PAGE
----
A Harmonic Minor Guitar Scale Position 1 (E Shape)
A Harmonic Minor Guitar Scale Position 4 (A Shape)
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Guitar Lesson Video Transcription
Hey everyone, Simon here once again for Fundamental Changes. Today we are looking at the Latin Rock King that is Carlos Santana, and a few examples in his style. I really think you’re going to like this. Let’s get to those just after this.
As you probably know now, Example 1 is going to revolve around a chord. The chord we’re looking at today in the sequence is an A minor 7. Now if you haven’t come across this chord before, it’s simply put, your E minor bar chord shape without the little finger.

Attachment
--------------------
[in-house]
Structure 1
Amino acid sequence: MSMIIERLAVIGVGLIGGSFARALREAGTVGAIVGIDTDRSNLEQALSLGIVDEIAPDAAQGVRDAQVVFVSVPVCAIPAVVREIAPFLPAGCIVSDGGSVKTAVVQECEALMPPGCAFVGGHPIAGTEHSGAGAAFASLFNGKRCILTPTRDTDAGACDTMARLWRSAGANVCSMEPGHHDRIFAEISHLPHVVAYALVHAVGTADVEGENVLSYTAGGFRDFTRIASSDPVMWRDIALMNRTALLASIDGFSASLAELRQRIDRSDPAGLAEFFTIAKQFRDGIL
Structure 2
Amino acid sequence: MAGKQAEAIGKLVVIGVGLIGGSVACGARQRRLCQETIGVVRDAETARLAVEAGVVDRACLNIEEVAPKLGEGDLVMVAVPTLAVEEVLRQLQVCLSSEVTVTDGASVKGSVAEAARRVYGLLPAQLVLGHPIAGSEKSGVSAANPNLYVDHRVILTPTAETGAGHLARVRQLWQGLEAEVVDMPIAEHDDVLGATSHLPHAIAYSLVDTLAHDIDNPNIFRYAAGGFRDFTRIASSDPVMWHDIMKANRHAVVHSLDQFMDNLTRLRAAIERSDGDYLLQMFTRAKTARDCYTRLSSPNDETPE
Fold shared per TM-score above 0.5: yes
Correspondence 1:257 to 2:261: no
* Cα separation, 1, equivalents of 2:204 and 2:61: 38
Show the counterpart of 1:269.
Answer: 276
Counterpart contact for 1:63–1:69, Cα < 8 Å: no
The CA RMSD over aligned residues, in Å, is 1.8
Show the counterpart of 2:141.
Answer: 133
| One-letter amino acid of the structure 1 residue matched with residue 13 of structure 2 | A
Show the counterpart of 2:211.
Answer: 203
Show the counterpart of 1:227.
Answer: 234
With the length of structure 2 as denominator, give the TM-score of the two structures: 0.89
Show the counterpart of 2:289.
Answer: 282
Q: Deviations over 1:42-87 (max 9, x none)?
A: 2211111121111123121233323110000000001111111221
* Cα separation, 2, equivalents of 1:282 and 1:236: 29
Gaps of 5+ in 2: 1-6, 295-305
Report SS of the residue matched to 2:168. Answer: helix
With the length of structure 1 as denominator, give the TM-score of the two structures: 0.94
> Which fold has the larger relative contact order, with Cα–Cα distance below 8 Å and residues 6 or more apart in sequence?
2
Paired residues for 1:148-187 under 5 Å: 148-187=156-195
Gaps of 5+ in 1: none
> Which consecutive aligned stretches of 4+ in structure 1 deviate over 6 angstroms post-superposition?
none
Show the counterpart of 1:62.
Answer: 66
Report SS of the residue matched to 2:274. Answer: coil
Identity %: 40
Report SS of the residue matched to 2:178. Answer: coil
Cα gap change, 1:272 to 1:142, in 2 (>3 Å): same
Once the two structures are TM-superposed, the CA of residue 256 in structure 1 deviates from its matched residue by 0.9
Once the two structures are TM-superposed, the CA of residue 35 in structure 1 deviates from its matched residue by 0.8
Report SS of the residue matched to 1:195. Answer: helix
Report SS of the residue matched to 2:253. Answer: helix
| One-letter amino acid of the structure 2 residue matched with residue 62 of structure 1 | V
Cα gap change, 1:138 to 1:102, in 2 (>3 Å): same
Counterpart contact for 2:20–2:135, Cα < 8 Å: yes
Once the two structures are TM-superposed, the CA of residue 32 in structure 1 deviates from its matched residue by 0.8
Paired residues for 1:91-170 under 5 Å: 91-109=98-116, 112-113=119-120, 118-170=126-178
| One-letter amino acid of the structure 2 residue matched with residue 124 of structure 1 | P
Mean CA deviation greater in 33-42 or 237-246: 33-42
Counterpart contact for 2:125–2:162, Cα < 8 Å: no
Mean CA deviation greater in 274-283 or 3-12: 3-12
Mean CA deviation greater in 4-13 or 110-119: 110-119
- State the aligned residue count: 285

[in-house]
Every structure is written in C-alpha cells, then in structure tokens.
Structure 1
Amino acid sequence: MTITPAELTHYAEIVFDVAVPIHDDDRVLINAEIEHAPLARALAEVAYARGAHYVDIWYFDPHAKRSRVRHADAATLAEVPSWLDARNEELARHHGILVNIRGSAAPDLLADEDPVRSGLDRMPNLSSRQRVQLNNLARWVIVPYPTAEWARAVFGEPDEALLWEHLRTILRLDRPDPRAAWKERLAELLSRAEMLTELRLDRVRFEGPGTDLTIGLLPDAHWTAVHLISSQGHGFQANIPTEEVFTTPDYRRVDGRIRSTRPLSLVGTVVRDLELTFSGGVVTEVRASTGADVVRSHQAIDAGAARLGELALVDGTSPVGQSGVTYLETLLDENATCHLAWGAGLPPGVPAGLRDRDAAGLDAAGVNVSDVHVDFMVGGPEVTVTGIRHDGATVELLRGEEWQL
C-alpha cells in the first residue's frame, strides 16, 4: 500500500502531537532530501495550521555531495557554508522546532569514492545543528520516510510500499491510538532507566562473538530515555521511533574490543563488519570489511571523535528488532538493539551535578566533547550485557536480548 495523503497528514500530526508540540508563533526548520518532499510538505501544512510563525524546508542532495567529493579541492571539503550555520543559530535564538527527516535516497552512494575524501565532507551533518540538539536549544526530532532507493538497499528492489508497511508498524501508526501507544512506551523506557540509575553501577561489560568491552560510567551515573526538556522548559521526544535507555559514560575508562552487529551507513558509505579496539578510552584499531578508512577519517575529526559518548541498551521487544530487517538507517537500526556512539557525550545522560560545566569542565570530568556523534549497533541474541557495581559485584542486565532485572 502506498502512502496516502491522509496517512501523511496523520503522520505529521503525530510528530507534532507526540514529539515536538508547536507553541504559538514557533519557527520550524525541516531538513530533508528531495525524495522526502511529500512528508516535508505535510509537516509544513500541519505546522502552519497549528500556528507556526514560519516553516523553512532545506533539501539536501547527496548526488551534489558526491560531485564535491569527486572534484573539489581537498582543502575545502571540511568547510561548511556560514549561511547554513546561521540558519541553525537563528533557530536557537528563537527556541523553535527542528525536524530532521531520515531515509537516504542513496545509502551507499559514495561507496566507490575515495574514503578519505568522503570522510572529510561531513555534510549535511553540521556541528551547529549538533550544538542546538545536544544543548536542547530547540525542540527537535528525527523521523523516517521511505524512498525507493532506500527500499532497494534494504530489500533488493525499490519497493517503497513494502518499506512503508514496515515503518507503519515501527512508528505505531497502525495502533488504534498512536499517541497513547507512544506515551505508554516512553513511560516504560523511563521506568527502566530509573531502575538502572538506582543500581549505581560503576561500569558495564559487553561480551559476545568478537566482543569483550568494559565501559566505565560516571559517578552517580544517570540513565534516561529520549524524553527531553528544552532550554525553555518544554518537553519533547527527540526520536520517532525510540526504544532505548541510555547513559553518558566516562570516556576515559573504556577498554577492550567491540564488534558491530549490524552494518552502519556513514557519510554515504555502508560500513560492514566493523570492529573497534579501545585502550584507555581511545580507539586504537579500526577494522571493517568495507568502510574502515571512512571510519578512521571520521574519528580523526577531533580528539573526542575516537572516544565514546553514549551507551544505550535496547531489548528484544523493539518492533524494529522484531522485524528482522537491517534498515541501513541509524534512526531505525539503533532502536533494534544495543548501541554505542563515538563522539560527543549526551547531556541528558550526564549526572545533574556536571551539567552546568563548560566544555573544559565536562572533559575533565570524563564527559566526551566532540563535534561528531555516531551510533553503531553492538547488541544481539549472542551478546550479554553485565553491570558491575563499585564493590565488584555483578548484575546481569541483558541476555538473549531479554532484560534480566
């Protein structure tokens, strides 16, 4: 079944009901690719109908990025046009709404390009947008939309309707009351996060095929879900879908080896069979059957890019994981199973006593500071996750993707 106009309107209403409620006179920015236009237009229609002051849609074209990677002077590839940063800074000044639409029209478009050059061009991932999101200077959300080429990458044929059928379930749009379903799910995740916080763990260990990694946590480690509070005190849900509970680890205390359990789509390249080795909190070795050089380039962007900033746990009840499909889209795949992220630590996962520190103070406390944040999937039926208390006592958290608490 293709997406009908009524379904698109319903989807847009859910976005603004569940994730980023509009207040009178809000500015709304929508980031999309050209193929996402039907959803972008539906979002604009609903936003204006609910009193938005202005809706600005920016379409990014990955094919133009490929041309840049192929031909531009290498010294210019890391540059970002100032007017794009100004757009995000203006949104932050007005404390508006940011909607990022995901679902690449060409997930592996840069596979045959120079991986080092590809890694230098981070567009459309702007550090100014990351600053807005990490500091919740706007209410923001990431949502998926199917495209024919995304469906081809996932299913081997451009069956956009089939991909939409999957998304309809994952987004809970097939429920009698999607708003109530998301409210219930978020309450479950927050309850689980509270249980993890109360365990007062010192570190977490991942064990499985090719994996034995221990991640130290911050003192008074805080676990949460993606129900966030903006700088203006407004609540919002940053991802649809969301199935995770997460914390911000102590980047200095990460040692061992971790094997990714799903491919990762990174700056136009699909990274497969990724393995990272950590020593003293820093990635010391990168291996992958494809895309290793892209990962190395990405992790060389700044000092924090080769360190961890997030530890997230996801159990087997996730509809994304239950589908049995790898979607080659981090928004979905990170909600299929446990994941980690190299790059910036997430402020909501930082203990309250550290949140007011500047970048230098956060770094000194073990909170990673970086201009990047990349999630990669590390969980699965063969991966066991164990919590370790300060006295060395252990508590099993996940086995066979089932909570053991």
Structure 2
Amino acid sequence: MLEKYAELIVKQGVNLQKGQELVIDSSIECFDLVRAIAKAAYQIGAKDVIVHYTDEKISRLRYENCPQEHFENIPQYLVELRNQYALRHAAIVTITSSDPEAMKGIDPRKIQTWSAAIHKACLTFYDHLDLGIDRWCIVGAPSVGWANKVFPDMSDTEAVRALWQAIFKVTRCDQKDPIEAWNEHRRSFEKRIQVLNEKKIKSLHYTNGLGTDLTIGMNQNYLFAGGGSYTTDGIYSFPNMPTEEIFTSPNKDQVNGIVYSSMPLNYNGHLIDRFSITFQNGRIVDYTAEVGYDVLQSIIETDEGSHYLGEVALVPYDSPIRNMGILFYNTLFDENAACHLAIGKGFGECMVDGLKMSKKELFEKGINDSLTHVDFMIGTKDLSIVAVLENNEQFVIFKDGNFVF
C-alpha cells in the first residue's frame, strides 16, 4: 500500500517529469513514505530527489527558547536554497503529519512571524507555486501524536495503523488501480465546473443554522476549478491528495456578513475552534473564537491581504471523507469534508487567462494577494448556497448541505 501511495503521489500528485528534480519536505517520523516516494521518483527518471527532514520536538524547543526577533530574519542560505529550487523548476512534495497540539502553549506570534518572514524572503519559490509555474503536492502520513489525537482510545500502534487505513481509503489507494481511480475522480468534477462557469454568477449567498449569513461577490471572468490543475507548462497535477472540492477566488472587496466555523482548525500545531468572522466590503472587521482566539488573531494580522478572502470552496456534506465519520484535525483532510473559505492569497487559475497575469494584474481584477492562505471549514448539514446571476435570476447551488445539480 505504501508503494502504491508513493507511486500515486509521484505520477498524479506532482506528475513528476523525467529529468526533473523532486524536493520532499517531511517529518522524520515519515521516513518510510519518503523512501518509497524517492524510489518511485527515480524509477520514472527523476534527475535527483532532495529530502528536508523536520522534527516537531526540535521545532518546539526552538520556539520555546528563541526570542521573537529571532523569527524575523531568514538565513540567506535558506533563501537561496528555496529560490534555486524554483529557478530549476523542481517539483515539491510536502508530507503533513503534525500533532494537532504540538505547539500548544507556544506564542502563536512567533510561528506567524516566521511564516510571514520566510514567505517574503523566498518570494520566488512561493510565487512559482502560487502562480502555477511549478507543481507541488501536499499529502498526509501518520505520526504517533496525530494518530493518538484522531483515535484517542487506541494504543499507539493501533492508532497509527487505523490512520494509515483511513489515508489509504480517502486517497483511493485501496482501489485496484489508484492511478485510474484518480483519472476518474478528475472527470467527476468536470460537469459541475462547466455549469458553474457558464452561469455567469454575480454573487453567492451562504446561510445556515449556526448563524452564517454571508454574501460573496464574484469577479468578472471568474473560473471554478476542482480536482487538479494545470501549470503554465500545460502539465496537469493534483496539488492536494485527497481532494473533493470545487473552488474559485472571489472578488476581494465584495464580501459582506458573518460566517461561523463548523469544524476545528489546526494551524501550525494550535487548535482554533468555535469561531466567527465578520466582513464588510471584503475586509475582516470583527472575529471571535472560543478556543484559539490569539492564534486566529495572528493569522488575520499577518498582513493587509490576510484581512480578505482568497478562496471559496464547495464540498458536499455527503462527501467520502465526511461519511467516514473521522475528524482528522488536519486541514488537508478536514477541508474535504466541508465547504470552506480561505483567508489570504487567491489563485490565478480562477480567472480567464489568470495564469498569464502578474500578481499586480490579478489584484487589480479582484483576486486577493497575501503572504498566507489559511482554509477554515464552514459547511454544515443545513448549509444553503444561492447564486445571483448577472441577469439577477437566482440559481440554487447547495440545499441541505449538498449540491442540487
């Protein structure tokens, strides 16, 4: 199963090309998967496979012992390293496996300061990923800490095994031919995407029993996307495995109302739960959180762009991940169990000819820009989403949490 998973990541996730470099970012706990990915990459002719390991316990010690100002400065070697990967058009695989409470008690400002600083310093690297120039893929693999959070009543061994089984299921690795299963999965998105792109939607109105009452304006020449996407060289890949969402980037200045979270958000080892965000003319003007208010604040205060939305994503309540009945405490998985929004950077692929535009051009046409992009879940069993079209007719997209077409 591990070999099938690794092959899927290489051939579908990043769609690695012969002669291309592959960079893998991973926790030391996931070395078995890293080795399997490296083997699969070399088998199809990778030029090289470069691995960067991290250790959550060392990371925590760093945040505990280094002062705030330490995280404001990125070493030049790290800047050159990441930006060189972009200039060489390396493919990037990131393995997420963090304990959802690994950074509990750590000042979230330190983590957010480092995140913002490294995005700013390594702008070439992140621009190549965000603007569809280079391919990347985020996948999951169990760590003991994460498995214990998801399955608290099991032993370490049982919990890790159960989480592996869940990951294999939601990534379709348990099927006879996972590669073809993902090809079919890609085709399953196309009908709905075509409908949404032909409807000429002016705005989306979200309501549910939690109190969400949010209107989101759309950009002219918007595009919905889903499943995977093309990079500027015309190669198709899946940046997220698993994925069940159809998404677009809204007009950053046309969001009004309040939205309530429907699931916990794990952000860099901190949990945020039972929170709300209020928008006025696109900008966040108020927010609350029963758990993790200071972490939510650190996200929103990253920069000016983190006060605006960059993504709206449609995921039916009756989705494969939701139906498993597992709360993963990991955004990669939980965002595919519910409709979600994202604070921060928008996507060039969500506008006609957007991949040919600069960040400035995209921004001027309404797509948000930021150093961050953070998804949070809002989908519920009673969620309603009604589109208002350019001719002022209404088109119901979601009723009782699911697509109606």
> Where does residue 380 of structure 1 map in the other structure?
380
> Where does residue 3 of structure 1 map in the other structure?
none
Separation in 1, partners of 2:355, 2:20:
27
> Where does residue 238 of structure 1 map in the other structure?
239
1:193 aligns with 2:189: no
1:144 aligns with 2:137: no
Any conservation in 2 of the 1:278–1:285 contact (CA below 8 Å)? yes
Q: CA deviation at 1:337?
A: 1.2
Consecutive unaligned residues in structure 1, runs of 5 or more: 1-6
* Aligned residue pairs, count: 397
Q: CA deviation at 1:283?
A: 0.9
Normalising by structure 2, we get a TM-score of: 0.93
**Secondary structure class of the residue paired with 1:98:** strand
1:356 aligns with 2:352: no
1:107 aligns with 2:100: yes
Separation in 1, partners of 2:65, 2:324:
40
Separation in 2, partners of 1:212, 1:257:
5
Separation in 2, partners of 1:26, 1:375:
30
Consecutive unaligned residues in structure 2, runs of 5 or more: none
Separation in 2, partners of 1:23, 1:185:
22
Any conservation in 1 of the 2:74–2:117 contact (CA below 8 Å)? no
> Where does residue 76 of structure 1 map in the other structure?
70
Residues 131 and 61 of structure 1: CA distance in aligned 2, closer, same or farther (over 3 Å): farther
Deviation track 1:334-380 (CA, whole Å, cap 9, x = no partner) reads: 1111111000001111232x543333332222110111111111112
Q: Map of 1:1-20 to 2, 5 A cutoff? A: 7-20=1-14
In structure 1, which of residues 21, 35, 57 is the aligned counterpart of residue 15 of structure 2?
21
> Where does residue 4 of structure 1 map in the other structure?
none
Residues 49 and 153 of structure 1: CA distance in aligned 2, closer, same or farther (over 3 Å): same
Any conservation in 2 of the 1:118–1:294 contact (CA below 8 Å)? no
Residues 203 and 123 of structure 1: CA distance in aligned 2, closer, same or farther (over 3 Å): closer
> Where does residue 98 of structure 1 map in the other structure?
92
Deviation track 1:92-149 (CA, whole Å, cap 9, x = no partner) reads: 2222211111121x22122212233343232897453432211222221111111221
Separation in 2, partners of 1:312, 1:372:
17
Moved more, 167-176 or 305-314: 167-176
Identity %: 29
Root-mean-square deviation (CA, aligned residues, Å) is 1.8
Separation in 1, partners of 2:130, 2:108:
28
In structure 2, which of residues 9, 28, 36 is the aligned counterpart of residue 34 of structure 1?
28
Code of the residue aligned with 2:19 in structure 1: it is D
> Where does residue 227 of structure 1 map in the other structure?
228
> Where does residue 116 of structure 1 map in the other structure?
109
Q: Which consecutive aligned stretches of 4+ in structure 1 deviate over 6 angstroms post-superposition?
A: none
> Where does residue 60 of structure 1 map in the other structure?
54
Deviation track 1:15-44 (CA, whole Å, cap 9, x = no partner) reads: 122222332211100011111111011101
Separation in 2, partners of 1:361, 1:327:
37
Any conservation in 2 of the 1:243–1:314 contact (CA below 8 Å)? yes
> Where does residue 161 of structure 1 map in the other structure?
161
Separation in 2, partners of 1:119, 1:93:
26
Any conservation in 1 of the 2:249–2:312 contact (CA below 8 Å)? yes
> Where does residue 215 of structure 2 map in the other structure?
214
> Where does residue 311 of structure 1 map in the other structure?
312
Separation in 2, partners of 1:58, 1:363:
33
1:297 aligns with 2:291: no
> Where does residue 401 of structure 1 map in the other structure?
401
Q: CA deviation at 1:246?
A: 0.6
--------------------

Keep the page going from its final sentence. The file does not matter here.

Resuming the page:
Imagine your 5th fret E minor shape on the top, drop off the little finger. Now, the tough bit in this pattern is to get to the F in the C shape, which is going to be a little bit of a tough shape here. You’re going to have 8-7-5-6-5, which is basically just your normal C major, you’re dragging it up your bar, it’s now on the 5th fret and you’re putting your C above it. After that, we have a little E7, and at the end at the end of the phrase, you’re swapping your index and your middle finger, so you can get what’s the flat 9s.
You’re adding in a little bit of an alteration to make it sound a little bit more Spanish-y as well. At the end of the phrase, you’ve got a D minor 7, which is the other kind of shape you can do a minor 7 in. Once again, you’re going to put in your A minor shape,and you’re going to drop off your little finger. It’s a cool way to add minor 7 chords into your playing as well.